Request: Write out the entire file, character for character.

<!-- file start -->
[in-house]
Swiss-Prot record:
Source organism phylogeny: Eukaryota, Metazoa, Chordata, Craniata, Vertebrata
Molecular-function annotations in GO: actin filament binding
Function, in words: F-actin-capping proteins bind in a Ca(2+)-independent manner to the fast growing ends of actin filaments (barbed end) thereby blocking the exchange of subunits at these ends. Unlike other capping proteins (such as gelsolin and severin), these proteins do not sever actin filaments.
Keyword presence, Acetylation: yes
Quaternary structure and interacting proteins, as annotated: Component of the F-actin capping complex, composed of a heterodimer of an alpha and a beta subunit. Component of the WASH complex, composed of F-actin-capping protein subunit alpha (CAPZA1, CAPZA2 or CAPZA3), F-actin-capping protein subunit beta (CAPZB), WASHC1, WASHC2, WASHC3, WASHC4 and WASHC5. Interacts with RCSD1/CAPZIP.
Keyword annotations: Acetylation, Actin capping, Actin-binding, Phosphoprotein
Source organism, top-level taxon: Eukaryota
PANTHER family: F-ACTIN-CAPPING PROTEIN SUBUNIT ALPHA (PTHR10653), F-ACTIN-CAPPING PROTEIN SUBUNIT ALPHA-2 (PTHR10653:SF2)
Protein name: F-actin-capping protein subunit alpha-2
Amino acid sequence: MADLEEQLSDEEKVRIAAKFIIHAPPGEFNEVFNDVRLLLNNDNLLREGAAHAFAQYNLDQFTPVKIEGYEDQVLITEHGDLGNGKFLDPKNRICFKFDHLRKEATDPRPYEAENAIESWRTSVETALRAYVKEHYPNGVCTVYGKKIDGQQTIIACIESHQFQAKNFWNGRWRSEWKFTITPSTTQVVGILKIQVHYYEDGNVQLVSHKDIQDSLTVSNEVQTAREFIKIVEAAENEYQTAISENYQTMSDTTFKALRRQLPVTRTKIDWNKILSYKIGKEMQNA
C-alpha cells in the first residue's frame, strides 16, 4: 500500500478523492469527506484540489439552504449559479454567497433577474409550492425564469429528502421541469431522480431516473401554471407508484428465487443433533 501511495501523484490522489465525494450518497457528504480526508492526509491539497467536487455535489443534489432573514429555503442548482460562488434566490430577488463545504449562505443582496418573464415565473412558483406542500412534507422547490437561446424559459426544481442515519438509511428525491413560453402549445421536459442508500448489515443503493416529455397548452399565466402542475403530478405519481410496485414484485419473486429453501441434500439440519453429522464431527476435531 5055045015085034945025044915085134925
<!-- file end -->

[in-house]
Swiss-Prot record:
Source organism phylogeny: Eukaryota, Metazoa, Chordata, Craniata, Vertebrata
Molecular-function annotations in GO: actin filament binding
Function, in words: F-actin-capping proteins bind in a Ca(2+)-independent manner to the fast growing ends of actin filaments (barbed end) thereby blocking the exchange of subunits at these ends. Unlike other capping proteins (such as gelsolin and severin), these proteins do not sever actin filaments.
Keyword presence, Acetylation: yes
Quaternary structure and interacting proteins, as annotated: Component of the F-actin capping complex, composed of a heterodimer of an alpha and a beta subunit. Component of the WASH complex, composed of F-actin-capping protein subunit alpha (CAPZA1, CAPZA2 or CAPZA3), F-actin-capping protein subunit beta (CAPZB), WASHC1, WASHC2, WASHC3, WASHC4 and WASHC5. Interacts with RCSD1/CAPZIP.
Keyword annotations: Acetylation, Actin capping, Actin-binding, Phosphoprotein
Source organism, top-level taxon: Eukaryota
PANTHER family: F-ACTIN-CAPPING PROTEIN SUBUNIT ALPHA (PTHR10653), F-ACTIN-CAPPING PROTEIN SUBUNIT ALPHA-2 (PTHR10653:SF2)
Protein name: F-actin-capping protein subunit alpha-2
Amino acid sequence: MADLEEQLSDEEKVRIAAKFIIHAPPGEFNEVFNDVRLLLNNDNLLREGAAHAFAQYNLDQFTPVKIEGYEDQVLITEHGDLGNGKFLDPKNRICFKFDHLRKEATDPRPYEAENAIESWRTSVETALRAYVKEHYPNGVCTVYGKKIDGQQTIIACIESHQFQAKNFWNGRWRSEWKFTITPSTTQVVGILKIQVHYYEDGNVQLVSHKDIQDSLTVSNEVQTAREFIKIVEAAENEYQTAISENYQTMSDTTFKALRRQLPVTRTKIDWNKILSYKIGKEMQNA
C-alpha cells in the first residue's frame, strides 16, 4: 500500500478523492469527506484540489439552504449559479454567497433577474409550492425564469429528502421541469431522480431516473401554471407508484428465487443433533 501511495501523484490522489465525494450518497457528504480526508492526509491539497467536487455535489443534489432573514429555503442548482460562488434566490430577488463545504449562505443582496418573464415565473412558483406542500412534507422547490437561446424559459426544481442515519438509511428525491413560453402549445421536459442508500448489515443503493416529455397548452399565466402542475403530478405519481410496485414484485419473486429453501441434500439440519453429522464431527476435531 5055045015085034945025044915085134925